If I were to take my guide from The New Zealand Curriculum document, then I would say the purpose of education would be to have 'young people that were confident, connected, actively involved, lifelong learners'.
The learning involved covers four key areas; Values, Key Competencies, Learning Areas and Achievement Objectives.
It is no mistake in my opinion that Values and Key Competencies come before the Learning Areas and Achievement Objects.
If we look at values for moment; excellence, innovation, inquiry, curiosity, diversity, equity, community and participation, ecological sustainability, integrity and respect. These are the foundation of society and are essential to the future of man kind.
So how is this visible in my classroom? Just to be clear, I no longer have my own classroom as I am working within many schools, so my reflection is based on the environment I had when I had my class and on how I would expect things to be if I had my class now.
Excellence: 'Strive to do your personal best' - a mantra often used - I don't expect anything more than personal best and this is celebrated by all.
Inquiry and curiosity is encouraged and opportunities for 'self-study' are made available. I reflect on one occasion when I had a young lad so passionate about bugs that he was encouraged to involve entomology into the other areas of his learning. He built a snail house, became the 'cockroach man' of the school, saving teachers from the terror of this particular creepy crawly daring to enter their rooms. He even organised an expert in the field to visit the class and bring termites - everybody enjoyed his passion, celebrated his successes, learned from him and benefit from the experiences as he recruited helpers and made presentations. The real 'kicker :0)' - this same boy was/is severely dyslexic with low self esteem and was able to 'shine' and earn respect from his peers.
Diversity and Equity: everyone is celebrated and encouraged to share who they are. Learning styles are catered for and shared so everyone understands. At the beginning of any school year I conduct a series of self assessments that inform the children and myself the best ways they learn (these include the learning smarts, dyslexia and SPELD). These are graphed and put up on the wall so everyone can share their unique talents and abilities and connect with others with similar learning styles. A lot of this practice comes from the teachings of Mike Scadden and his research in this area. I remember one year when the outcomes of the learning smarts indicated that I had a class of 80% music learners (which I am not) - this prompted the development of my first website where I put as much musical supportive material online that I could find to support the topics and learning areas in our classroom programme. The results? A highly autistic boy in my class that I had much trouble assessing learning outcomes and was not sure what he was 'taking in', had listened to the songs repeatedly and one day during a school assembly where a visiting band was playing, he sat on my lap and started telling me all about the water cycle in detail, how to add numbers together and what the others were doing in their independent inquiries. I just wish I had a recording device at the time to capture it all. A truly awesome experience.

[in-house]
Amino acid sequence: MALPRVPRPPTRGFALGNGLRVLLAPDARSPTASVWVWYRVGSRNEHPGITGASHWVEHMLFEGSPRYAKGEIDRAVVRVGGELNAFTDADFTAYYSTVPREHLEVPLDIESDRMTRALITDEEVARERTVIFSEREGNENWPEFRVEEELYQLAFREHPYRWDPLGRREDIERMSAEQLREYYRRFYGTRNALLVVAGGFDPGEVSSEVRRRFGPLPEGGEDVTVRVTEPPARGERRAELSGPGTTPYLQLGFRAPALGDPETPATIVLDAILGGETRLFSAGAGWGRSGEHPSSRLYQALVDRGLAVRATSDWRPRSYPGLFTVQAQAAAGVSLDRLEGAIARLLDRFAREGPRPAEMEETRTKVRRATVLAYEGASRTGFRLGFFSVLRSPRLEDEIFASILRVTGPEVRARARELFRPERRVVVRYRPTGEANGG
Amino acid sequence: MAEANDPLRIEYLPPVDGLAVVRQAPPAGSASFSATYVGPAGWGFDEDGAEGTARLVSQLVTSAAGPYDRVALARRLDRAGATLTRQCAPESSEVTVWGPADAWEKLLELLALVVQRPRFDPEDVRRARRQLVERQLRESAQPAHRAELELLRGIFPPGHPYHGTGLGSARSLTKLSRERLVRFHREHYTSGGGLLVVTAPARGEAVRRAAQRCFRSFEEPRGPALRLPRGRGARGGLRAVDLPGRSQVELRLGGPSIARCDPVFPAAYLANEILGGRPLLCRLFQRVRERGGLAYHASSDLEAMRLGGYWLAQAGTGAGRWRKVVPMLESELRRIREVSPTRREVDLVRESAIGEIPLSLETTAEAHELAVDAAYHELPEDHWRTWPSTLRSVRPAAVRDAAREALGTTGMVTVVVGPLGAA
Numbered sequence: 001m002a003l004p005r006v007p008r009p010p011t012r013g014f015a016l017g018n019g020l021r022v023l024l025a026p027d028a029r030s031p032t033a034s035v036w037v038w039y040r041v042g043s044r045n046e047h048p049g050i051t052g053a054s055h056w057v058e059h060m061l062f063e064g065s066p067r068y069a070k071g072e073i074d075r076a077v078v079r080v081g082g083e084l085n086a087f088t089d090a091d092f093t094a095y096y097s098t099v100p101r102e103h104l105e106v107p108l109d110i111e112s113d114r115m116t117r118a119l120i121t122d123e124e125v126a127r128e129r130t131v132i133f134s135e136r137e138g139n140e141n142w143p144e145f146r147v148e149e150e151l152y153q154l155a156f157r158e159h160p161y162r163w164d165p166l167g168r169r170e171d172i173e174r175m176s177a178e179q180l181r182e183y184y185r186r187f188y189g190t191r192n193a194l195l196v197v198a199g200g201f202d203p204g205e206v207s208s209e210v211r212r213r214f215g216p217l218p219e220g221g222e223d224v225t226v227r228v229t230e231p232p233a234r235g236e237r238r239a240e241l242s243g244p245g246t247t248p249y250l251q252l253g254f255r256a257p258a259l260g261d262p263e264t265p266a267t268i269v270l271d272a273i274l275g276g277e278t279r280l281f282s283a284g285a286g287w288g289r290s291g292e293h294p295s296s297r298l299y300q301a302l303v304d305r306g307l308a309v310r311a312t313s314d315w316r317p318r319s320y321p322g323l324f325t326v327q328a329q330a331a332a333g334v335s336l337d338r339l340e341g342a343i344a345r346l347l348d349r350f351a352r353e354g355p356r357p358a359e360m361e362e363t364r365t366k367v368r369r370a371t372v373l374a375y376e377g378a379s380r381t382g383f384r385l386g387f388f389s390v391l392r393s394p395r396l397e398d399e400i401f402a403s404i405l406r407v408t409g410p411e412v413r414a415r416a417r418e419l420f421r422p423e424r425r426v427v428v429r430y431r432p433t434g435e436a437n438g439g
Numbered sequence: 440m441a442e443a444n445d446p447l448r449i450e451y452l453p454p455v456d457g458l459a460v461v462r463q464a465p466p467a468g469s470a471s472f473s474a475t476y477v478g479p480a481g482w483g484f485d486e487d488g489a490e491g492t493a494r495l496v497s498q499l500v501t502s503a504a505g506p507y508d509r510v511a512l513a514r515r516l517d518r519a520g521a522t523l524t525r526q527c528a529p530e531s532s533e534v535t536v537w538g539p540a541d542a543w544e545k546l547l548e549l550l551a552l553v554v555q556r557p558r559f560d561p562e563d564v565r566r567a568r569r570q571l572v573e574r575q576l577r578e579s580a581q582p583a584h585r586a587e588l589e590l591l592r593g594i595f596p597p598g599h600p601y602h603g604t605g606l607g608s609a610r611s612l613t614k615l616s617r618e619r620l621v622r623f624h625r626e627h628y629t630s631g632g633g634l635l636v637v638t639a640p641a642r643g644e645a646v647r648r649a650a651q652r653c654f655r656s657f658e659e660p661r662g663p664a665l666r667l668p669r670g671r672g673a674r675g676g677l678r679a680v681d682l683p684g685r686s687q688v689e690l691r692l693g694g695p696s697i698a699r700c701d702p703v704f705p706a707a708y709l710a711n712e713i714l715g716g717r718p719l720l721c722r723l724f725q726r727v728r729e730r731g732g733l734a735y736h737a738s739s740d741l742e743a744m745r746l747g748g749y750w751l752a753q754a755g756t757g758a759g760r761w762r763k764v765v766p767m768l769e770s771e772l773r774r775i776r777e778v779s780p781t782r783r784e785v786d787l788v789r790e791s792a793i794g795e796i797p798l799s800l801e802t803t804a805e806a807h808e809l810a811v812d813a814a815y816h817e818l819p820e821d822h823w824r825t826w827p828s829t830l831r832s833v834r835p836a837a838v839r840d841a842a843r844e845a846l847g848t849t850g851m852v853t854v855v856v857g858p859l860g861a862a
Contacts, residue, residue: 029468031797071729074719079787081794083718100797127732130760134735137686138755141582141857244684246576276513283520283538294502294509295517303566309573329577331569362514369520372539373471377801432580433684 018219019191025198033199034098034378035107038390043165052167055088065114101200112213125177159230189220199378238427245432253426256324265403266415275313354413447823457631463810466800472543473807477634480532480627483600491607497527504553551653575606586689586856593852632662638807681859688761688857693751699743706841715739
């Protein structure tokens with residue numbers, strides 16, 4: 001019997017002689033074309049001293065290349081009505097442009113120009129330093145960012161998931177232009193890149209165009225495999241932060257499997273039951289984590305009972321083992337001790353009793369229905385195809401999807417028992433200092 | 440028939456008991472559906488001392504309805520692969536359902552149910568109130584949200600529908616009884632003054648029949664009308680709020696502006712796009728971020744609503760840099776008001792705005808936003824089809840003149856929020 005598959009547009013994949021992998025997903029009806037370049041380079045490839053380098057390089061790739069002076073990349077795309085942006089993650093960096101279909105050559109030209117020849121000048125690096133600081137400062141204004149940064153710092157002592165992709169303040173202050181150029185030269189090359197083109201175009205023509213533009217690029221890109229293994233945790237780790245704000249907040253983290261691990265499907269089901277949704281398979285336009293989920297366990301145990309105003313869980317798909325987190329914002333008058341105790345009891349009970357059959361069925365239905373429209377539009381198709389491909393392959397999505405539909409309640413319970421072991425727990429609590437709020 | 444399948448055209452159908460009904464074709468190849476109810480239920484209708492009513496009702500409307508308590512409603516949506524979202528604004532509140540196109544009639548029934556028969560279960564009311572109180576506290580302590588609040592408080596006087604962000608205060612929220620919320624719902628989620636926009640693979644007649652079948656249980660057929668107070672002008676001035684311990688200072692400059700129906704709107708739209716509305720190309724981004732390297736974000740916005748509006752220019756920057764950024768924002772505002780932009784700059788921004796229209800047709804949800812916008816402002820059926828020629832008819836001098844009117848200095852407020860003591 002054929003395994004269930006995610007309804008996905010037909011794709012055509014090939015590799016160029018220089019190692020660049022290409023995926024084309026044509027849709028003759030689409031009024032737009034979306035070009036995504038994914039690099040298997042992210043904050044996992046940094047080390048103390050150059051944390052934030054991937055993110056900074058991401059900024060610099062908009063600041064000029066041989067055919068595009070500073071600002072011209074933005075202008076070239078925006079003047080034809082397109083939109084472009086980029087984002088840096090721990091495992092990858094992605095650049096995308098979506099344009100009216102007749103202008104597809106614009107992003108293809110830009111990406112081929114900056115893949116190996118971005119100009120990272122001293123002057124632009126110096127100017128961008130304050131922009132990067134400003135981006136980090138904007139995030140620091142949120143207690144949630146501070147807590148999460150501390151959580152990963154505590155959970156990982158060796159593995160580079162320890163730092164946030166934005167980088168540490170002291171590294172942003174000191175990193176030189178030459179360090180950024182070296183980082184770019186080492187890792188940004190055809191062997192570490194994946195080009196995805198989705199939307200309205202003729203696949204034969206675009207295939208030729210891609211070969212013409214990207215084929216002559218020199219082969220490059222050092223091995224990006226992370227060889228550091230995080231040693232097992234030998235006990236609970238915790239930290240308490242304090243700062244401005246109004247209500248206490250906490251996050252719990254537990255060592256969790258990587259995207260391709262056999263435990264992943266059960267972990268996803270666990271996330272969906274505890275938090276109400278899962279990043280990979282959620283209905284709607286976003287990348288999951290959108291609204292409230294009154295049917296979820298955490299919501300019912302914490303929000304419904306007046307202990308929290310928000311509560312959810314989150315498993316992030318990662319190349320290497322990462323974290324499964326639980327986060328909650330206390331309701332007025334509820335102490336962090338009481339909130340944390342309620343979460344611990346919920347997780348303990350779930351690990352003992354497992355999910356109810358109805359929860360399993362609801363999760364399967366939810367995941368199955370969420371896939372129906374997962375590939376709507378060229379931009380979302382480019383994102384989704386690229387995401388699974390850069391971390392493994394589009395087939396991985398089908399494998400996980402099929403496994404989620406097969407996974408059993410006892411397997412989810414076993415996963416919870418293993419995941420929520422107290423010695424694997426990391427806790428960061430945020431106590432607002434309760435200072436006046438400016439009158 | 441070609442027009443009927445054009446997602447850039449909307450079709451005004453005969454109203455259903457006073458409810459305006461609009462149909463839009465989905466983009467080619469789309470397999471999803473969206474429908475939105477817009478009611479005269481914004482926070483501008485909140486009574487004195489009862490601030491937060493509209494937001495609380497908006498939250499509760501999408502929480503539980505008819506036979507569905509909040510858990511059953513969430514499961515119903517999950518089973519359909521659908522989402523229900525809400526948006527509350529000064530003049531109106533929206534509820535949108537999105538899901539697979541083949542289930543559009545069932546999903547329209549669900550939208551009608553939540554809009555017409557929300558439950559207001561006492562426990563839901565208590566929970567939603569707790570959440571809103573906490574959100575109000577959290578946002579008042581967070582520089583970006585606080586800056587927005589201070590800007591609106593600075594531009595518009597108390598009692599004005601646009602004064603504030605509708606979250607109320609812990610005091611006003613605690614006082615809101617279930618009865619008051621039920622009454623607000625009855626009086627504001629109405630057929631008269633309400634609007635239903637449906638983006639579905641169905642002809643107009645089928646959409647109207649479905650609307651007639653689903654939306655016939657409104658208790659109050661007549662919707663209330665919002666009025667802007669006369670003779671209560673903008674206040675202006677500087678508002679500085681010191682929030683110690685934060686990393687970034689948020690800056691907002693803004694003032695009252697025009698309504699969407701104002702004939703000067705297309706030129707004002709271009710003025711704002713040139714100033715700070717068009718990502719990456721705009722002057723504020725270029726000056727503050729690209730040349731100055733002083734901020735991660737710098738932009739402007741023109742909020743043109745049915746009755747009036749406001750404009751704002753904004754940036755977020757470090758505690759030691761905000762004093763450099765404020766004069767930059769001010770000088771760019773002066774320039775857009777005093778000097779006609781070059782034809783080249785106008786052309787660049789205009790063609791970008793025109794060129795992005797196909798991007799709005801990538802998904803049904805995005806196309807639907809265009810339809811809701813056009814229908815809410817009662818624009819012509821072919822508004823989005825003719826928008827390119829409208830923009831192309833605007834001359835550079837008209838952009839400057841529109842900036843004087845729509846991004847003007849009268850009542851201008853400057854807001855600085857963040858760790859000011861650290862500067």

Community and participation: Society relies on communication and application - how better to bring this about than working with others and developing these necessary skills. In group situations my students are expected to contribute fully, everybody has a job to do.
Ecological sustainability: through a classroom vege patch, bokashi composting, river clean-up and enforcing a clean, hygenic classroom and school, children become involved in their environment and take responsibility for caring for it. It's pretty cool when you see your students get upset when they find or see someone else being disrespectful or harmful to THEIR environment.
Integrity and respect: 'Fair not the truth' (what I lived under at my first primary school growing up and continue to live by). I use restorative practice in class and out in the playground. This gives students an opportunity to reflect on their actions and 'fix' any wrongs they may have done. It provides an opportunity for all parties to express their issues and collaboratively agree on what should happen moving forward. The students are shown respect and for the most part they show it back as a result.
It turns out that this is very big statement to unpack. I will be back to complete this later...